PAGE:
It looks nothing like it did two years ago. I’ve been learning the agile methodology way of working for the past couple of years. That includes ownership of goals, working in 2 week sprints, check-ins / reviews with the team and the client throughout the sprints, breaking down the brief via roadmapping and retrospective sessions. This is my current process and approach.


Visual research, Competitor Analysis, Establish favourite players within and outside the sector, visual gut tests

I use Ember or dropmark to store inspiration and references.

I find inspiration in the everyday life but my favourite sources online are muzli, awwwards, and siteinspire.


Time for a persona matrix with four angels serving different goals. That leaves you with 4 different people with unique backgrounds, behaviours, frustrations and opportunity areas. These personas will guide feature development and prioritisation plus protect against inconsistent customer assumptions. Another exercise I find useful is UBN(User & Business Needs) where I separate the user needs from the business and generate ideas based on these needs.


To understand the product fully I break it down and use pens and post-its to identify weaknesses, UX issues, ideas and opportunities. I like to do this non-digital and my postit-colours have different meanings: yellow = what we know, red = issues and things we don’t know, green = opportunities and ideas. One workshop exercise I learned at Hyper Island a few years ago (and it’s still one of my favourites) is called ‘Vision & Tension Mapping’. The purpose is to establish the dream scenario, reflect upon where we are today, current challenges and opportunities to forge ahead.


A few years ago, I would’ve said that strategy is how to get from A to B. Having worked at Mentally Friendly for a few years, I’ve learned that strategy is a co-created journey to transform something with a measurable output, quickly. What I like most about that definition is the co-creation part. To make the most successful products we plan, define & create – in a team. Being part of the planning from day 1, prioritisation and decision making, that makes my life as a designer easier and richer.


For planning my favourite tools are Github & Trello boards, I like the way the boards show you an overview of the project and estimates can be added to each card(with the help from an extension). I document most of my work. planning and processes using Evernote, as well as personal development plans(OKRs) and I’m using slack to communicate with my co-workers .


I’ve learned a few different ways of ideation. First of all, the good old time pressured postit ideation. I do believe though, that the best ideas comes when you’re relaxed –  I’m more likely to come up with great ideas when I’m having breakfast or having a shower. One interesting method I learned is the negative brainstorming. These ideas then gets inverted in the same session and some surprisingly good ideas are born. Another method I like is to use the cards developed by ‘Method kit’ .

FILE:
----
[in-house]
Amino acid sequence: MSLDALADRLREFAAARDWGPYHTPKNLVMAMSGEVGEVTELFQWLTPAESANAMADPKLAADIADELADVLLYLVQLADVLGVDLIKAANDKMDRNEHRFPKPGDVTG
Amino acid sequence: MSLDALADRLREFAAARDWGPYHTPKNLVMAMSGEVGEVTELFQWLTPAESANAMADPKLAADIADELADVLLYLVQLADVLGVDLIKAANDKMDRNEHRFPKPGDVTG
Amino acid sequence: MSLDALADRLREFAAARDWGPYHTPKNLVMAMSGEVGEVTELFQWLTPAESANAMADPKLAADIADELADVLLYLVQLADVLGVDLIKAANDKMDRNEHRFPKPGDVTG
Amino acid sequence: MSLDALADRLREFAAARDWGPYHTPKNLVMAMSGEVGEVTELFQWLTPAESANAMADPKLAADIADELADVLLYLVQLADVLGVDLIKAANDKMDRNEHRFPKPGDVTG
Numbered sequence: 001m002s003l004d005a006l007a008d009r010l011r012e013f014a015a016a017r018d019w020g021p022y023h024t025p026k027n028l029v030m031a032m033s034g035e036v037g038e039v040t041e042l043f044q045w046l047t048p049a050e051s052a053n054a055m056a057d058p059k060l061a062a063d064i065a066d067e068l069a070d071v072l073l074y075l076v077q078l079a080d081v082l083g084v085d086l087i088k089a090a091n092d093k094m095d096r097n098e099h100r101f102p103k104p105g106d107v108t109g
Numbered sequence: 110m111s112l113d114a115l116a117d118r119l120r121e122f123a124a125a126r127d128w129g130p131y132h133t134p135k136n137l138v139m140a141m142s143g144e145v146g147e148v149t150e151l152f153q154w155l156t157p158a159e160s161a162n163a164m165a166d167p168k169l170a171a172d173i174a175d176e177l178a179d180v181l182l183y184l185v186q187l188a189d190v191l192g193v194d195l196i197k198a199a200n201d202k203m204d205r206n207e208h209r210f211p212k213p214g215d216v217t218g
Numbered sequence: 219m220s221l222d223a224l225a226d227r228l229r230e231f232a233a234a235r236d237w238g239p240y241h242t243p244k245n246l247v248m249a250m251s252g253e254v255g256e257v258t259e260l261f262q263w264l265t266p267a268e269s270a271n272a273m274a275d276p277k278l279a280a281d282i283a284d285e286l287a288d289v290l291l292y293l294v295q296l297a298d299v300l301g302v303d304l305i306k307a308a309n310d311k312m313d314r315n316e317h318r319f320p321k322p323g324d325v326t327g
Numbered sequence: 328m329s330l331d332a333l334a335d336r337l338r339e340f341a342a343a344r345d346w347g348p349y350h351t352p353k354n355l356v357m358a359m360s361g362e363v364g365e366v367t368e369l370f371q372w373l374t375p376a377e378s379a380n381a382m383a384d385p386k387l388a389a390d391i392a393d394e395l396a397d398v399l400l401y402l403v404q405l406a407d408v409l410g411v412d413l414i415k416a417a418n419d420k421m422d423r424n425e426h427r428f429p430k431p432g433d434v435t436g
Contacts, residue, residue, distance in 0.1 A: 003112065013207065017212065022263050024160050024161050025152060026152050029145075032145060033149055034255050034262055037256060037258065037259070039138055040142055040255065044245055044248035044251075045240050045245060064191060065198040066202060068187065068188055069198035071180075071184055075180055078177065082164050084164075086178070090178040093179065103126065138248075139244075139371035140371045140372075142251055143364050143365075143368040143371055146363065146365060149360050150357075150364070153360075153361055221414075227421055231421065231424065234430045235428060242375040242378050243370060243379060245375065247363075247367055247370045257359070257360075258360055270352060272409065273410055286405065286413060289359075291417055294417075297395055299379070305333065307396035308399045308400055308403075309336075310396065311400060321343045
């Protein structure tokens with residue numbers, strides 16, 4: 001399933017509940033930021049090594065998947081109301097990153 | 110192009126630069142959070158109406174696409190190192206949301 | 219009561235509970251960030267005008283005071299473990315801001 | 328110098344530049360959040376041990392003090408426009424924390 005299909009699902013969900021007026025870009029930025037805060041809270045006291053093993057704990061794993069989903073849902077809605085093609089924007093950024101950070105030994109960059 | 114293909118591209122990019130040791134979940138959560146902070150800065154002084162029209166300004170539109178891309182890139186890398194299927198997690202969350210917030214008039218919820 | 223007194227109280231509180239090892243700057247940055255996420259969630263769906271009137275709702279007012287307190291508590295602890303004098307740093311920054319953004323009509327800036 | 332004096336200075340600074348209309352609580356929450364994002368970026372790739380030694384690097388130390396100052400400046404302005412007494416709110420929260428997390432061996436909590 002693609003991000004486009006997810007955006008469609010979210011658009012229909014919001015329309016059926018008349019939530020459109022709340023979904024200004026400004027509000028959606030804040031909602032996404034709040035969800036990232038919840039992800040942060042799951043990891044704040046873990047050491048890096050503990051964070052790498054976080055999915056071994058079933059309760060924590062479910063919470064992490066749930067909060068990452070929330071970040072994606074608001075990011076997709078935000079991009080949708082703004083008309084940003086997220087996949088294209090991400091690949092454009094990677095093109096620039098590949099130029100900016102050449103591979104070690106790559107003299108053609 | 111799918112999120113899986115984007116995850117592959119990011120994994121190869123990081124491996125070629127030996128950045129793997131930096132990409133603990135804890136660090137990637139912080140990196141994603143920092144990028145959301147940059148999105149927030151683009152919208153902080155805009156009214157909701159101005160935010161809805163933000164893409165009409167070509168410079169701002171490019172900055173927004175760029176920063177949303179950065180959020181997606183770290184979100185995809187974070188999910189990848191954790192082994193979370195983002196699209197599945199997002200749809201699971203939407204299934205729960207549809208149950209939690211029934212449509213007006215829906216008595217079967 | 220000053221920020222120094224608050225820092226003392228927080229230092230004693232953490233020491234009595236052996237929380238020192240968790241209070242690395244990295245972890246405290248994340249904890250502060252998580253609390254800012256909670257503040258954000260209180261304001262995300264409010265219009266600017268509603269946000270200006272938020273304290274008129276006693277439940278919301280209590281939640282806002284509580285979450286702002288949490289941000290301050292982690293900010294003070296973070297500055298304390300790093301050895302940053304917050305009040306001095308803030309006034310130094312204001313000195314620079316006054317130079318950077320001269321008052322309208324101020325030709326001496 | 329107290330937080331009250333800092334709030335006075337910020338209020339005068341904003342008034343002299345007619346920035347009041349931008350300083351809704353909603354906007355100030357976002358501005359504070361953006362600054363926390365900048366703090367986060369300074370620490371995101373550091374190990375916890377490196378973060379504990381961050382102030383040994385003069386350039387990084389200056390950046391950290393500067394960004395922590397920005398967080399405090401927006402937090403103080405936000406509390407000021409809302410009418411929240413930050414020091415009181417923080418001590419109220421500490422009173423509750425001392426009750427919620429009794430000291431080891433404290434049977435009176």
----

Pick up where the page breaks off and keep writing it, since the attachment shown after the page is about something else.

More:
I’ll start with pencil and paper, might try to get as many ideas out with crazy eights. I’ll also try to run a co-design workshop with the team as well as the client so that we get a diverse range of perspectives, let everyone contribute with ideas and build a shared understanding around the problem we are trying to solve.


I’ve been designing in Sketch for a few years. I’ve been creating styletiles, wires, mapped user journeys and rolled out responsive page designs all in sketch. For branding and icon creation, I’m still using Illustrator sometimes. And of course, for image editing – photoshop will always be no.1 .


My new favourite tool is Principle as it allows to show transitions. I also use Invision and Marvel if I need a simple clickable prototype. As I’m learning more and more code, my goal is to be able to create responsive browser prototypes.


It’s massively important to put my work infront of people. To share ideas with end users – let them play with the prototype. I’ve used to document what I wanted to learn or identify. My design reviews are documented in Trello or github, using boards for each page, cards with screenshots,bugs, issues and links.


I’ve been using zepelin for all of my recept projects. Zepelin is a collaboration tool between designers and developers, it cuts time wasted and ensures that designs are implemented pixel perfectly.


Constantly asking for feedback from a diverse range of people, weekly design meetings, daily stand ups and improve based on project performance / analytics. We learn through our experience och reflection as a practice generates useful, actionable insights. It’s the last thing to do in a project so that we can identify that can be done differently next time. I like the simple format of writing cards for ‘good, bad, better, best’ when doing a retrospective with the team.